On Monday, October 28, 2013, All Out hired three trucks to circle Coca-Cola's global headquarters in Atlanta with billboards urging the company to call for a repeal of Russia's anti-gay laws before the 2014 Winter Olympics in Sochi, Russia.
My message to Bach is simple: Tepid avoidance of this type of persecution is completely unacceptable. Not only does this position essentially nullify Section Six of the IOC's own charter, but it denies any contributory responsibility for these blatant human rights abuses.
Apollo, Poseidon, Zeus... all the Gods are smiling down from the heavens as a result of the IOC's decision to reinstate wrestling back into the Olympic Games.
Tokyo may be celebrating, but there is a deeply concerning global angst about a city hosting the Olympic games about 220 kilometers (137 miles) from the site of one of the worst nuclear disasters in history.
It's a clear sign Putin is doing everything within his power to prevent a massive social controversy from occurring. In the end, it will be a surprise if all the political maneuvering and rhetoric has any effect on the Olympics.
Primarily activists are calling on Coca-Cola to abandon its multimillion-dollar sponsorship of the Sochi Winter Games in response to escalating human rights abuses made by the Russian government against the country's LGBT citizens.
If the IOC continues looking the other way when it comes to religious "propaganda" but punishing and silencing athletes who take a stand for LGBT equality under the guise of "political propaganda," it will be complicit in Russia's egregious human rights violations.
From day one, the Olympic committees and the corporate sponsors have sought to spin their way out of this story as though it were just an unflattering gossip item on Page Six. Will they next invite U2's Bono to appear at the opening ceremonies and hope that all will be forgotten?
I must disagree with the venerable Greg Louganis. The U.S. Olympic Committee should expeditiously threaten to boycott the 2014 Winter Olympics and encourage other countries to join in. Then the IOC will be forced to take up Canada's offer to have the Games moved to Vancouver.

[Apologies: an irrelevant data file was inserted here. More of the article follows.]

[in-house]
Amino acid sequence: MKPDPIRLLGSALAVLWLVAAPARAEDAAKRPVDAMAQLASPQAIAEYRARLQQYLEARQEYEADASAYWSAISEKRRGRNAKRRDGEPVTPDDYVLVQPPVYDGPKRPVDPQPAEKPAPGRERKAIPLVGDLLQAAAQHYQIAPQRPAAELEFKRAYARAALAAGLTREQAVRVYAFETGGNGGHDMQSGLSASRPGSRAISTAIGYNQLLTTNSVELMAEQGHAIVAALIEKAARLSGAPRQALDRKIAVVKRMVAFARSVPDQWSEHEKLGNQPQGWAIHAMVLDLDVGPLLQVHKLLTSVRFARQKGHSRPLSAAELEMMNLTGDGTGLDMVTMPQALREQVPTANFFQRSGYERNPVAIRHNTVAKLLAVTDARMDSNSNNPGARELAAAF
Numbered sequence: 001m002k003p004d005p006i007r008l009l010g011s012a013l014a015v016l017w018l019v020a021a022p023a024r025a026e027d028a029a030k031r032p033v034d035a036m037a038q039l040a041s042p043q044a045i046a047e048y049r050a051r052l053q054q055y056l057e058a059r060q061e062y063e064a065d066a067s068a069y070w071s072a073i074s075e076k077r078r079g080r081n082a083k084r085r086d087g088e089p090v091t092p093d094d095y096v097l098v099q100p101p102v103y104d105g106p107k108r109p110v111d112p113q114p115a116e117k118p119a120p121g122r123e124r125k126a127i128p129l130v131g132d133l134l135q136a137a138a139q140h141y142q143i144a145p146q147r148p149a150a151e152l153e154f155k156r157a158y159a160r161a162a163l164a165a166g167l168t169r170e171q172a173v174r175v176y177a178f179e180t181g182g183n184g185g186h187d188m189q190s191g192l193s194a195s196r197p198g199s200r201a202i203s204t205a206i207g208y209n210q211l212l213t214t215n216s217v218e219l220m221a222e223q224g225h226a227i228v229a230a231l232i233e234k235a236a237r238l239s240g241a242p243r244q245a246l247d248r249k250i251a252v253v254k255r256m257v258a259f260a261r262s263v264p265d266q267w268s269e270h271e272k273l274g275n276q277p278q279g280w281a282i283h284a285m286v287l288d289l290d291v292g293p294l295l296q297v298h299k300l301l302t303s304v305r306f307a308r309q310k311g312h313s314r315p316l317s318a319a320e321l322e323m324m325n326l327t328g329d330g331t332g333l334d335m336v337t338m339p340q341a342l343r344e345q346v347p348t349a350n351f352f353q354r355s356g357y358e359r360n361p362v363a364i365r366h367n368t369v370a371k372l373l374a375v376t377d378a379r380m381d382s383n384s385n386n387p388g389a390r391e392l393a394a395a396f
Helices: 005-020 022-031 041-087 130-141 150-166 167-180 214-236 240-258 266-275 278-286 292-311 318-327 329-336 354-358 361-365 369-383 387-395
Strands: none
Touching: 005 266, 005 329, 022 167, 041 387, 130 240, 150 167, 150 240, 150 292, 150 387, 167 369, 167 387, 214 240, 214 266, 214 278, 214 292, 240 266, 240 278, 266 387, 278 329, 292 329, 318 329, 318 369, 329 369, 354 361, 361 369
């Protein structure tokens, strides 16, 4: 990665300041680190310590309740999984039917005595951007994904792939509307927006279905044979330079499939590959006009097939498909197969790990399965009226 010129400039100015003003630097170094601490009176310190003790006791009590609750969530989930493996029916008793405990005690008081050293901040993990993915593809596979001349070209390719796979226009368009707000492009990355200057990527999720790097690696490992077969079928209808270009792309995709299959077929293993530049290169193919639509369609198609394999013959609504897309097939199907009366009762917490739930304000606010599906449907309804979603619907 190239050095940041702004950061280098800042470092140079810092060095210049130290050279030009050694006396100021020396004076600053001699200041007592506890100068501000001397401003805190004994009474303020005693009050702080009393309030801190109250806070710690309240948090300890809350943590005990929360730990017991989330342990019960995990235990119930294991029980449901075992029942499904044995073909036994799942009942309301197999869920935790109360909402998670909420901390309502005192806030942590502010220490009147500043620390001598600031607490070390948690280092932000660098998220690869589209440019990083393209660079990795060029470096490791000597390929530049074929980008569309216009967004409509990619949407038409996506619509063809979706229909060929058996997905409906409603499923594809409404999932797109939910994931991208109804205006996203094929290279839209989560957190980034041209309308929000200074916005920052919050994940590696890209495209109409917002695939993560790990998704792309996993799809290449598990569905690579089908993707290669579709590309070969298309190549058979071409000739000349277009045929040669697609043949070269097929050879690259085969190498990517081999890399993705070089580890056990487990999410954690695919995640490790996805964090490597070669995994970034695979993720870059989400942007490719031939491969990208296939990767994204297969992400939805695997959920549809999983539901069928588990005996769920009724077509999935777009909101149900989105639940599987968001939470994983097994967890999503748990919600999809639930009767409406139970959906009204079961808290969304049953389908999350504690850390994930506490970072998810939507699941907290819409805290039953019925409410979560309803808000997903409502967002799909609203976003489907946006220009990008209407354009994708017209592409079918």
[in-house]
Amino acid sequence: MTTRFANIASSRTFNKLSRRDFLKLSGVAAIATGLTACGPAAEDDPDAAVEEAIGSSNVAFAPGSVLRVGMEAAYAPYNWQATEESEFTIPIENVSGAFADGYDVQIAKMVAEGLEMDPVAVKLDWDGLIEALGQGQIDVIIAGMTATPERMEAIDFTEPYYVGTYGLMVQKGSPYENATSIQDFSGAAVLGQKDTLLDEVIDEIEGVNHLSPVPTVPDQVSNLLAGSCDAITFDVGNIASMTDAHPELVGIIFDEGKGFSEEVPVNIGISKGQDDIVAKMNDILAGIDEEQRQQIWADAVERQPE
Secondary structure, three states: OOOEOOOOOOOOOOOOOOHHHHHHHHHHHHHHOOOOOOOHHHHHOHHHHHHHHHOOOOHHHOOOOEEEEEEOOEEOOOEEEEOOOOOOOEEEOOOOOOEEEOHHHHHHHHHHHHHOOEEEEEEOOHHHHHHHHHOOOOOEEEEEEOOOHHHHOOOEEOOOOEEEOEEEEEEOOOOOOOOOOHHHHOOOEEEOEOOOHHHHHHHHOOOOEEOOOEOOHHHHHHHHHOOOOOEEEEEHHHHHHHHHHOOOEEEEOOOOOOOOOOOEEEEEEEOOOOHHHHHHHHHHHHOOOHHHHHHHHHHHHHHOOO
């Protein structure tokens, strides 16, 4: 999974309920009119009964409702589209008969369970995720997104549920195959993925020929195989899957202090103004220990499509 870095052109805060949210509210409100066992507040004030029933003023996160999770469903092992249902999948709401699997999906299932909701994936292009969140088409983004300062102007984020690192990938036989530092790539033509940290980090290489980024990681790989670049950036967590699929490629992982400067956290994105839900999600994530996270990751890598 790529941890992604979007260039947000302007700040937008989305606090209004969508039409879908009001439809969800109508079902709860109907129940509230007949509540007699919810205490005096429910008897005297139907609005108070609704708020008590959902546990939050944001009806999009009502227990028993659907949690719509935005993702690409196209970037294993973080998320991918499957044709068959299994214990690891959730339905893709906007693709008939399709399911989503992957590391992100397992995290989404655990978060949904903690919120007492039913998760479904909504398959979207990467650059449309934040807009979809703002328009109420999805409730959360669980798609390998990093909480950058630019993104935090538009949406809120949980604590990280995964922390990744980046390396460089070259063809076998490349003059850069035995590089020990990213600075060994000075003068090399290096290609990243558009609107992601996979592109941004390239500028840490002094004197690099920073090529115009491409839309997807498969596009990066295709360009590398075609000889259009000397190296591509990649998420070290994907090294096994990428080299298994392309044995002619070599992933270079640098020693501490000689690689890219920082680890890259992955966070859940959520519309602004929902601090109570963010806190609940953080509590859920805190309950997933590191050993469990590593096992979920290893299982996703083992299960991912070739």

I am the father of 11- and 10-year-old sons. You are a parent to thousands of aspiring champions. You know that any of your children who are LGBT or pro-LGBT are at risk: A big, bad Russian bully has made it clear that he has it out for them. So what are you going to do about it?
Merely hoping for an inspirational moment to present itself during the 2014 Winter Olympics isn't fair to anyone. By moving the Games to another location, we can avoid endangering athletes. Those of us who support LGBT rights would be just as inspired by a gay champion in Vancouver.
This global call urged the IOC to condemn Russia's anti-gay law before the Olympic Games and urge Russia to ensure the security of all visitors, athletes and Russian people before, during, and after the Games.
The ugly truth about Russia's law against gay "propaganda," now the subject of worldwide protests and boycotts, is coming into view. And that includes the role of American companies sponsoring the 2014 Winter Olympics in Sochi, as well that of the International Olympic Committee.
The New York Times' Jeré Longman reports that the Olympic Charter "prohibits athletes from making political gestures during the Winter and Summer Games," and that this prohibition could be used to "banish" Olympians who choose to protest, even silently, against Russian homophobia.
There have been times in modern U.S. and world history when thoughtful, responsive and compassionate leadership was nowhere to be found. This past week we were treated to a sudden outburst of enlightened engagement from three people who are closely watched by millions.
As Russia moves in a very dark direction, a line must be drawn in the sand. American companies and politicians who court LGBT people are going to have stand against this brutal regime in no uncertain terms. And it must be expressed in actions, not just words.